- The two tables of variables. Having them split into "Built-in" and "User defined" (as below) still confuses me many times a day -- I often search for the variable I’m working on in the top table, and then realise my mistake and have to do it all over again in the bottom table -- because that’s the chemical memory I have learnt from the other lists. I’d debate the benefit of splitting the tables at all. They could be just be mixed up together and then we can have another column for "built-in/user" (and an icon, text boldness or text colour could also discriminate clearly between the two types). If the difference between the two types was of utmost important to an GTM dev/admin, you could sort by that column -- and if column sorting was remembered (as in the point above), that would essentially give you the same UI as you have now, only as a user setting instead of a default.
- The trigger list has a column for "number of tags using this trigger" (see below). Please, please could we have a similar column in the variables list ("number of times this variable is used") -- it helps us clean the vars as we prune older tags, and sweep up discarded vars whilst we are developing new tags. It would also help us understand quickly if we were using more built-in variables than we needed.
Having a name search across all tags/triggers/vars. Often I’m developing tags which work in concert with triggers and vars, so I name them in a similar way, eg "accordion-click-tag", "accordion-click-trigger". But to see them all, I need to go into three different panels (tags, triggers, vars). You might say that they would all appear together in the "overview" panel, but thats only the case if I’ve made changes to all three of them since the last deploy.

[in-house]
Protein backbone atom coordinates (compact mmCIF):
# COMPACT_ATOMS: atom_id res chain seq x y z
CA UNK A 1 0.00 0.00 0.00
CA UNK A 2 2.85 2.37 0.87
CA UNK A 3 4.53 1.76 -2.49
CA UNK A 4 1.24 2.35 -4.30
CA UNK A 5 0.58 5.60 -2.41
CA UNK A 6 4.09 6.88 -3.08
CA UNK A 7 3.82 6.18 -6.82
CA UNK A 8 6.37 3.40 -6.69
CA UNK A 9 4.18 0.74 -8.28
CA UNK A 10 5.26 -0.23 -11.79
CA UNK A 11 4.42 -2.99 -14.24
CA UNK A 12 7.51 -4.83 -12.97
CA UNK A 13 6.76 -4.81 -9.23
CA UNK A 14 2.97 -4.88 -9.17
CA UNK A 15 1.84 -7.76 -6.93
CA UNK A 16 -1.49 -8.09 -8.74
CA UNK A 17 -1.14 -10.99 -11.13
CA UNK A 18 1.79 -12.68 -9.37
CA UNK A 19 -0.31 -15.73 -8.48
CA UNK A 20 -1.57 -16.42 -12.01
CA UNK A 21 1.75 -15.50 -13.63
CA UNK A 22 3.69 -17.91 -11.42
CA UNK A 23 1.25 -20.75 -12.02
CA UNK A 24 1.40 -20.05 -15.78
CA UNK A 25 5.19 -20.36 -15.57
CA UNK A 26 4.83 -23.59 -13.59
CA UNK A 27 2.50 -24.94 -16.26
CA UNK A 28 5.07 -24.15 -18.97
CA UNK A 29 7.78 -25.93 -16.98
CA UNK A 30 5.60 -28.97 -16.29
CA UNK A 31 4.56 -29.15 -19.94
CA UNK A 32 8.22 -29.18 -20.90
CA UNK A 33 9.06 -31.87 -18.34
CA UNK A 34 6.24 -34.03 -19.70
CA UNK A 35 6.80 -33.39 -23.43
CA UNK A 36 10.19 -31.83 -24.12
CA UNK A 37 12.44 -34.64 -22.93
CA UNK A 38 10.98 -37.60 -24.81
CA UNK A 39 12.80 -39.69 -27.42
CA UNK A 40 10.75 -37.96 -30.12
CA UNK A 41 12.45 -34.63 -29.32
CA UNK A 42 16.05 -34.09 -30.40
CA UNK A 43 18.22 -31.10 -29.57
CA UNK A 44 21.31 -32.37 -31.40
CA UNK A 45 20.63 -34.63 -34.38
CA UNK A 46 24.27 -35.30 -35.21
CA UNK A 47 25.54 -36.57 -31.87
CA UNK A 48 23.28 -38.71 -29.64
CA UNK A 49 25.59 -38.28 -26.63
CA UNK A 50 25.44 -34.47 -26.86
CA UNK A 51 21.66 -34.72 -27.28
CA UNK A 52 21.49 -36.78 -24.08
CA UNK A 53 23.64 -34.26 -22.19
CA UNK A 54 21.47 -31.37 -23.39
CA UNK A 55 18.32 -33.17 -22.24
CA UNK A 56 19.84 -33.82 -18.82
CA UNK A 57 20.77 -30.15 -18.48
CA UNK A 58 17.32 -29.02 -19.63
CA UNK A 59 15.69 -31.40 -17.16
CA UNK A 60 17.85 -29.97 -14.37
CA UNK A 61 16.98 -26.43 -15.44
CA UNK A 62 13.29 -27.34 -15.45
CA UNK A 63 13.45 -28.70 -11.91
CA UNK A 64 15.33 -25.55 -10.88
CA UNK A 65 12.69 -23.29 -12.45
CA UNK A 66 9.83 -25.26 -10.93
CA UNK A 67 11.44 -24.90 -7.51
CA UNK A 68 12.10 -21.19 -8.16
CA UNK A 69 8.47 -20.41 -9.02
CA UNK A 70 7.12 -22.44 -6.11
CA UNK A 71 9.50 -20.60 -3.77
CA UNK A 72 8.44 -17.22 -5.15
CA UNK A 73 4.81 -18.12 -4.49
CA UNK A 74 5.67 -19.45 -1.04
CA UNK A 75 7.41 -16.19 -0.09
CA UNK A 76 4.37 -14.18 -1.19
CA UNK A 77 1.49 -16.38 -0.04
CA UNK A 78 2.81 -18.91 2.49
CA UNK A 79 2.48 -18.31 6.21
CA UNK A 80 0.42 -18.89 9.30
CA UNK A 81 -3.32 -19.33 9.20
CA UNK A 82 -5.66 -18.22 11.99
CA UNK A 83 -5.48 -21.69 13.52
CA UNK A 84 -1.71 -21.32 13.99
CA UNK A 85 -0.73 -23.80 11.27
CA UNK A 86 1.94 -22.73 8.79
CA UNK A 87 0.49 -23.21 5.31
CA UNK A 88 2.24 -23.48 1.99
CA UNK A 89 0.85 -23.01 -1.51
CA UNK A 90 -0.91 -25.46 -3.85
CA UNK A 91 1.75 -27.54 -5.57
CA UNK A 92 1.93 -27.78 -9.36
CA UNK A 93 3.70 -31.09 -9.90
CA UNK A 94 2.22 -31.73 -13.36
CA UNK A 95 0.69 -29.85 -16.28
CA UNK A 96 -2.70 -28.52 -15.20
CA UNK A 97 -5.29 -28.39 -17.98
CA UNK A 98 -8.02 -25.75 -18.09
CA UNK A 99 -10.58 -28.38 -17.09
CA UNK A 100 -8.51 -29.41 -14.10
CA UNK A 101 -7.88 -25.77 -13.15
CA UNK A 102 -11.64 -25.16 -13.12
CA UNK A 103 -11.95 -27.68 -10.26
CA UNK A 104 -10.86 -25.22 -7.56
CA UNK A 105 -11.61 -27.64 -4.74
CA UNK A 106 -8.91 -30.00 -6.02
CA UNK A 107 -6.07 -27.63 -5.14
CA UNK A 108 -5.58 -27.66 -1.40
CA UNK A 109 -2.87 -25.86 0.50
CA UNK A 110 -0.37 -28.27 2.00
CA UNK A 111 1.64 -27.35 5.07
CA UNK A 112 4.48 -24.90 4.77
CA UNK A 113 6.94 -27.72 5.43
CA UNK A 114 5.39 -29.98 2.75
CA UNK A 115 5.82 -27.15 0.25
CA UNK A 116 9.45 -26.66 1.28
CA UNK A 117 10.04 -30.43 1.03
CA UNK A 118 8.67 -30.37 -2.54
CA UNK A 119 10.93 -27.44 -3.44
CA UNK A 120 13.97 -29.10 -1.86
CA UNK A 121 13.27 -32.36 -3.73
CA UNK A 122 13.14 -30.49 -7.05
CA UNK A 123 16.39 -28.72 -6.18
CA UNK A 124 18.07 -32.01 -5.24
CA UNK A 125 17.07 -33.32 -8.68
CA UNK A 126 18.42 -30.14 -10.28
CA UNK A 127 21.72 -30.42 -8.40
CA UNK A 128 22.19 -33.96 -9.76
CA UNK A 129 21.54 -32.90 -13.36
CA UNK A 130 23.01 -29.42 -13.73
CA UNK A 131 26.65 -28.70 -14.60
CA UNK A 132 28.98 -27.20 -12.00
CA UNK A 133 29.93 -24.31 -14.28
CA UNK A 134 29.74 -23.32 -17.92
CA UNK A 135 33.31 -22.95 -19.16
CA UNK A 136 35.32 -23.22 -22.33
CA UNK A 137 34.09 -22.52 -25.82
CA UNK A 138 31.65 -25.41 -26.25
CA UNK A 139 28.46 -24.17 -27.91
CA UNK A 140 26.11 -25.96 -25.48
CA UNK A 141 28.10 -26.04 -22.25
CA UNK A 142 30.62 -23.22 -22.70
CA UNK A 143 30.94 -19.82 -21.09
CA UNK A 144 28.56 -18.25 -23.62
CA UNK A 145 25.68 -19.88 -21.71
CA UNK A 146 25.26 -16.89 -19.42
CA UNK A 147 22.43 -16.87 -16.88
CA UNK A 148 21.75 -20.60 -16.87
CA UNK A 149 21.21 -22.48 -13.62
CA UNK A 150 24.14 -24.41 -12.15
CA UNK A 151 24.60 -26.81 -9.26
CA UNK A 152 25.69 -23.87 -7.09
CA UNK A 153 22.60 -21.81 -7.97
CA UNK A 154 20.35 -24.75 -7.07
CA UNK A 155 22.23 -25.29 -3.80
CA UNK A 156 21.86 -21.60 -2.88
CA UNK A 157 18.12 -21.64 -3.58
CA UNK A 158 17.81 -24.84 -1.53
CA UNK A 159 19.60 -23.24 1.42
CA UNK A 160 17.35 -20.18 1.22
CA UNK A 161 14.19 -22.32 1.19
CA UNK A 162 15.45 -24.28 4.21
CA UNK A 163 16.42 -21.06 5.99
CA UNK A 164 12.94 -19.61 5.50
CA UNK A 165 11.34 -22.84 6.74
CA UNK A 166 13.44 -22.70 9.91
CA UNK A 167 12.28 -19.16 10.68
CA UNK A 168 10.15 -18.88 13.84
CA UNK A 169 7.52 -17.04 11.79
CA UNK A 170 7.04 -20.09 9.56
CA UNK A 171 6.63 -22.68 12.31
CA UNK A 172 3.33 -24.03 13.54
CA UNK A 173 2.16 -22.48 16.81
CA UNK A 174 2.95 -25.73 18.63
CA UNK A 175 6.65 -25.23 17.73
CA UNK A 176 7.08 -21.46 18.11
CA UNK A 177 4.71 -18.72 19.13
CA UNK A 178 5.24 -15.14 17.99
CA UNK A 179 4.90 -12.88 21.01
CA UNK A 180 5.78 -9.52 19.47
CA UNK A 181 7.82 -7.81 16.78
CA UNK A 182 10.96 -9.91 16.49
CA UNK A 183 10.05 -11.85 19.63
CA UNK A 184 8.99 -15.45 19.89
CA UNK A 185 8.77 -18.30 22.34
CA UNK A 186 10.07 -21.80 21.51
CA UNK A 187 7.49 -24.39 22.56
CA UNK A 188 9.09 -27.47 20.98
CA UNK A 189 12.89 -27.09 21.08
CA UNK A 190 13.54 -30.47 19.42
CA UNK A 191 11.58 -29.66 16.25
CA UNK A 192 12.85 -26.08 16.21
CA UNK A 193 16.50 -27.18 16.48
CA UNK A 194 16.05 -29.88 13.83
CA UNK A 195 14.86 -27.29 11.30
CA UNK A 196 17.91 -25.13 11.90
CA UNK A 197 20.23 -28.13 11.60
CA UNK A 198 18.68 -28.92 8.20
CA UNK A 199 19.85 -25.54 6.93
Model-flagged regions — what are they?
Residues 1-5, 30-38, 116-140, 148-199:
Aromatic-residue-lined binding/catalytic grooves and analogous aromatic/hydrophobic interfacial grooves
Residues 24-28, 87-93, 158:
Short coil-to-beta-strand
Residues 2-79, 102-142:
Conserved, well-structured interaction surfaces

Search (and even at a push -- replace) across all content in text fields & custom JS. On a regular basis I know that I have already built a method somewhere in my workspace, but I’m not able to find it without opening up lots of tags or vars. We can see from the amazing job GTM does with tokenising and auto-replacing var names in our custom scripts that the content is indexed, so could we search that index as well?
Copying and pasting from the data layer in the debug panel. You can’t, and it’s a real pain:
- I love that I can be editing a tag, click on the trigger at the of the panel bottom, edit the trigger in a slide-over panel, then return instantly to the tag. This is how the slide-over panel UI of GTM really wins. But so often I’d like to have the same ability to do this with moustached variables in text fields or in custom JS. Consider the one below. Sometimes I’d simply like to check what actually is, and sometimes I know I’ve got to edit it before I save this tag. But that means closing this tag (often in a half finished state), loading the list of variables, finding the variable you want, opening it, reviewing or editing the var, saving it, loading the list of tags, finding the tag you want, and finally reopening it in a new panel. That’s quite a round trip -- considering if I wanted to review the trigger for the same tag, I’d just click it then close it. My suggestion is a contextual menu to open the variable in a new slide-over. All the code to build that UI is in the GTM web app already. Quickest UX win ever.
- Here’s a real loopy idea. Tabs. So you can work on the tag, trigger and vars all at the same time, without having to jump between panels. I know it’s probably a UI convention that doesn’t work well with the "endless slide-over panels" UI that exists in GTM -- and maybe the previous point would reduce the need for it -- but just consider the workflow efficiencies. Some of us are working around this already with multiple tabs in the browser -- and that can only lead to bad syncing and state problems.